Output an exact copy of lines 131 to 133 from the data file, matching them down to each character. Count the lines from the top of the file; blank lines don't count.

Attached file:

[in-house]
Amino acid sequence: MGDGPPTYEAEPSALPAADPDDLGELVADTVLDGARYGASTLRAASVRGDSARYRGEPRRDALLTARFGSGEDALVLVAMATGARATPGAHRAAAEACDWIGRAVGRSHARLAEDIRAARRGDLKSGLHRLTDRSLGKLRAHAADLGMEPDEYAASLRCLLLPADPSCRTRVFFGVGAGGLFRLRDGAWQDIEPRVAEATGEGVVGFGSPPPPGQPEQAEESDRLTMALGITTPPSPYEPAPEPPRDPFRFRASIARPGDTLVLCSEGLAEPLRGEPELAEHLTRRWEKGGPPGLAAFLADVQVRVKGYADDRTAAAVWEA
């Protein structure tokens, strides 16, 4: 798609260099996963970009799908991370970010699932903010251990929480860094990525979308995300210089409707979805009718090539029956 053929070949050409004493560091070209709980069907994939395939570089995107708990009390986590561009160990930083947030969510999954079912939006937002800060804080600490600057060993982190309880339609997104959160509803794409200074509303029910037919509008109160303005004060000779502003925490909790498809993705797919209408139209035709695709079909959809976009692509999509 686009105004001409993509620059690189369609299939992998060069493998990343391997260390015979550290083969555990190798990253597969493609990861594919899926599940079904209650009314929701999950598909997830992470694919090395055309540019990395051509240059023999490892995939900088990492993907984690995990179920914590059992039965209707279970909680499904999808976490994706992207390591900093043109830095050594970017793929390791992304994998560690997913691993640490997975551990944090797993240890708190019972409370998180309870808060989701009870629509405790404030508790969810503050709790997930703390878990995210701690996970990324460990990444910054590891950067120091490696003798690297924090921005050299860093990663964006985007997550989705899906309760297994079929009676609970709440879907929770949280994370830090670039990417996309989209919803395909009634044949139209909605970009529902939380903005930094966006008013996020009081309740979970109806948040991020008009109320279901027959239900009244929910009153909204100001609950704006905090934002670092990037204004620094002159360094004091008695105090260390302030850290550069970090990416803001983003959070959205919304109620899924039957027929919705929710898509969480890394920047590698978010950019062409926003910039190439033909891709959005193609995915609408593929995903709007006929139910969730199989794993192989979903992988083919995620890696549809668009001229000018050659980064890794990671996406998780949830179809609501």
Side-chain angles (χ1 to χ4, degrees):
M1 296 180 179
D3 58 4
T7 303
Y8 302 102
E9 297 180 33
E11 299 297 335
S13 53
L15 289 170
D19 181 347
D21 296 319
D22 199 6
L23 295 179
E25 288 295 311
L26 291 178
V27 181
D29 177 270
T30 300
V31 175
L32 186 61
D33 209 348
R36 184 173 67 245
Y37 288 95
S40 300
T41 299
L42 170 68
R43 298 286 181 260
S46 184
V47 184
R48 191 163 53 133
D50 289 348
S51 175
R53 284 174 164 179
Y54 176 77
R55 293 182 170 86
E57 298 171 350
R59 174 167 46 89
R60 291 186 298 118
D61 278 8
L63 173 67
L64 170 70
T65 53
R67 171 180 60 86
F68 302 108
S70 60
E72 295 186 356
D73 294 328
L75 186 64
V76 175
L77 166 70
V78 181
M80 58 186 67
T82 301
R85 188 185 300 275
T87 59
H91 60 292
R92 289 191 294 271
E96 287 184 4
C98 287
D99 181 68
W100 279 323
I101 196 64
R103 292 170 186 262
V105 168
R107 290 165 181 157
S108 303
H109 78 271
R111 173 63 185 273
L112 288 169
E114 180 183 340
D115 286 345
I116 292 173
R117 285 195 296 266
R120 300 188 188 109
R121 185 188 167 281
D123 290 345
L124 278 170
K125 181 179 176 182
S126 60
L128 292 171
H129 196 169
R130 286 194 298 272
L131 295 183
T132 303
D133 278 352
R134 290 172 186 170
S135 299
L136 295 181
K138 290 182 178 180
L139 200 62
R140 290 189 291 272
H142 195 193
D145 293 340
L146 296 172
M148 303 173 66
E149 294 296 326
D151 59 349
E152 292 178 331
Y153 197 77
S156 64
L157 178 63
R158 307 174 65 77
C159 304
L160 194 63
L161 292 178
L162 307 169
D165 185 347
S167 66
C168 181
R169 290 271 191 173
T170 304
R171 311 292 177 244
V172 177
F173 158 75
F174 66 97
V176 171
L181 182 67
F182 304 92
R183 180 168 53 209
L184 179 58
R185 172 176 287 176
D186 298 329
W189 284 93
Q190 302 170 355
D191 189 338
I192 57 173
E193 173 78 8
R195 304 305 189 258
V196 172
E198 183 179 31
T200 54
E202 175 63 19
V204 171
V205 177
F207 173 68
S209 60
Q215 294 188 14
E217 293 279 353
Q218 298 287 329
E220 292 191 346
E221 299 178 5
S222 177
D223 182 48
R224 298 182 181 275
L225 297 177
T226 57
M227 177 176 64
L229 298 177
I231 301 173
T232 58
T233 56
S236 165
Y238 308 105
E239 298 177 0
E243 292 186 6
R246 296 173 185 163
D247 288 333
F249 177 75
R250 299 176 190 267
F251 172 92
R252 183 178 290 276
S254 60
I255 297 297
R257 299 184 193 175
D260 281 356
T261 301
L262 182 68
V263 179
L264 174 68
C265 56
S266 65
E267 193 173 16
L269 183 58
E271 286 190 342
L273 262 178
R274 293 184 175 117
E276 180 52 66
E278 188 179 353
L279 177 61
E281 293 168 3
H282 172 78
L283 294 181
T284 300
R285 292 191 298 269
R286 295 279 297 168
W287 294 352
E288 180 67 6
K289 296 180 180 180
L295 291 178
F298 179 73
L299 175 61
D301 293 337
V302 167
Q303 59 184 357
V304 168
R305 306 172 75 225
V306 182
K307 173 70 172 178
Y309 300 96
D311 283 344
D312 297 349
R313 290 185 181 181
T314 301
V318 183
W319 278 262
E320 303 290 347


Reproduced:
R195 304 305 189 258
V196 172
E198 183 179 31